4. Blade Runner (1982)

Blade Runner is one of my favorite movies ever. Excellent commentary and analysis at Wonders in the Dark. Great work, JD.

Wonders in the Dark


By J.D. Lafrance

“It’s just like everything that is awful about the city, but at the same time, everything that is fascinating about it…and this, in many ways, is a futurist projection—it’s not so much escapist, it’s a projection of what life will be like in every major metropolis 40 years from now.” – Philip K. Dick, 1982

Big Brother is watching you. The Eye in the Sky. There Are Eyes Everywhere. 2016…or 2019? In this day and age, does three years matter? In 1982, however, the difference was cavernous and 2019 a lifetime away. The past has finally caught up with the present…or has the present finally caught up with the past? One of the first images shown in Blade Runner (1982): an extreme close-up of an eye – encapsulates all of this, for we are living in paranoid times. We are living in Philip K. Dick’s world. This…

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Tribulations Review

Wow. Probably the best review I’ve ever gotten for my writing. Thank you, Joseph, for the thoughtful, insightful, and passionate review. Made my day.

Joseph Sale: Graphic-Horror Writer

‘What’s your earliest memory?’

So a young girl is asked by her grandfather at the end of the world, and her answer, like much of what is contained in the pages of Tribulations, will surprise you. This short story collection by Richard Thomas, released earlier in 2016, is something of a miraculous rarity, a  collection that is as thematically unified as it is diverse in its explorations, as coherently stylised as it is eclectic in voice. There is increasingly a trend in the music world for the album which is a collection of songs, far flung from the days of Origins of Symmetry, where an album hung together like stanzas in a ballad. The same is mirrored in the literary world, with many short story collections functioning more like a timeline of stories penned by the same author. Tribulations is different, and stands out as such, but it…

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13 most excellent speculative fiction short stories

A great list of speculative fiction. I’ve been a fan of Stephen Graham Jones forEVER, and his story, “The Night Cyclist” at Tor.com is amazing. Also a big fan of Cassandra Khaw and Carmen Maria Machado. (All three will have work at Gamut.). So, dig in, and enjoy!

Maria Haskins

This month, like every month, I read a lot of amazing speculative short fiction. This is also the month when I’ve decided to switch from calling the stories I list “fantasy and science fiction”, to calling them “speculative fiction”. Quite simply because I include stories that are horror, magical realism, and, well… whatever other kind of beautiful weirdness I can find. “Speculative fiction” works nicely as a catch-all in my opinion, so here goes: here are 13 excellent speculative fiction short stories I read this past month:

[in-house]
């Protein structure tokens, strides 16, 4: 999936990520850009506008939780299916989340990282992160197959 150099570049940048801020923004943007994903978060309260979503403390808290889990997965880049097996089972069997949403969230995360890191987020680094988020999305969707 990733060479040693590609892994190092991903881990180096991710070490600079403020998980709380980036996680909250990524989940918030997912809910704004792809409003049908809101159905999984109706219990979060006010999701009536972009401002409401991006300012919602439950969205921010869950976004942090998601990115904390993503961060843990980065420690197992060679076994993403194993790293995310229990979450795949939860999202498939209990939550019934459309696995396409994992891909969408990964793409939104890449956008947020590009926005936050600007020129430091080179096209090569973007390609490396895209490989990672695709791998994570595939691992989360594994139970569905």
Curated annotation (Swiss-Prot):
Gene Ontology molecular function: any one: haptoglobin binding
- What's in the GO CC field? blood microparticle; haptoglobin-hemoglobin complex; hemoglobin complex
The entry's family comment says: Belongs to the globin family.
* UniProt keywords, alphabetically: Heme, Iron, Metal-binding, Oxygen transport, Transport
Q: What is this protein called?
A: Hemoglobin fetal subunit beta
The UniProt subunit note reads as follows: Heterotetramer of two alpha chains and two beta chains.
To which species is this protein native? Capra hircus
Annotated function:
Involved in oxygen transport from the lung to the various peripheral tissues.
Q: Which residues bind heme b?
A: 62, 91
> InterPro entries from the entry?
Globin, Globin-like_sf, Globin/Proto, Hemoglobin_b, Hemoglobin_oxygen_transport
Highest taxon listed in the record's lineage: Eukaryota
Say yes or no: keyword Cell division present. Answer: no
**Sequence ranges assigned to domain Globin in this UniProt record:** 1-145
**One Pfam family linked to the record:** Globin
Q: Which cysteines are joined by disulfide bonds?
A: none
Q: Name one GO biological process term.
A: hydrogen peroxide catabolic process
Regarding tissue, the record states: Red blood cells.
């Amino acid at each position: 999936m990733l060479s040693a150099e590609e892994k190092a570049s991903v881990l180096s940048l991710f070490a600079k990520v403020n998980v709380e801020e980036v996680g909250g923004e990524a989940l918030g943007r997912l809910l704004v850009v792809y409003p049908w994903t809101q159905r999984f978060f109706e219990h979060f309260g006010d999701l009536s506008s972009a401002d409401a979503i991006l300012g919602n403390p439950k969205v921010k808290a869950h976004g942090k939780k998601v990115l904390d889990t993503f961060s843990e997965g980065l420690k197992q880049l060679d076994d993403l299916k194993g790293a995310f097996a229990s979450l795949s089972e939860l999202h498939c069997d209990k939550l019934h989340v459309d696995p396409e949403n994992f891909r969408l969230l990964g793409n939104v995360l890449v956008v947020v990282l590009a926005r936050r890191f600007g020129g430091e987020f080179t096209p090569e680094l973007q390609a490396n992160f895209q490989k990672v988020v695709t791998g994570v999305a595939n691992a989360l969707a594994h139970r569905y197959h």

So, You’re In an Alternate Universe, by Jeremy Packert Burke in Metaphorosis. “Dylan is from the real universe. It’s not alternate, not like your universe. This is what he’s told you just now, although you’ve known him for years.” I fell in love with this exquisitely told story as I read it. Something about it, or maybe everything about it, struck…

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I’m Teaching Sci-Fi, Fantasy, Horror & Beyond—ONLINE


I’m teaching a six-week class, Sci-Fi, Fantasy, Horror & Beyond, over at Story Studio Chicago (online) this October. Come join the fun. Here’s more information:

Description of Class

If you love the incredible, futuristic, supernatural, and fantastical—this is the class for you.

Whether you’re working on a project or just starting out, this six-week online course is perfect for writers who want to explore science fiction, fantasy, horror, and related sub-genres such as magical realism, new weird, and surrealism. We’ll discuss the conventions of these genres and explore the boundaries between them—and what happens when you cross them.

Students will explore craft elements such as character and setting, and how they operate in stories that challenge the imagination. You’ll practice creating alternate realities that may have a hint of magic, explore a dystopia or utopia, or even build an entirely new world.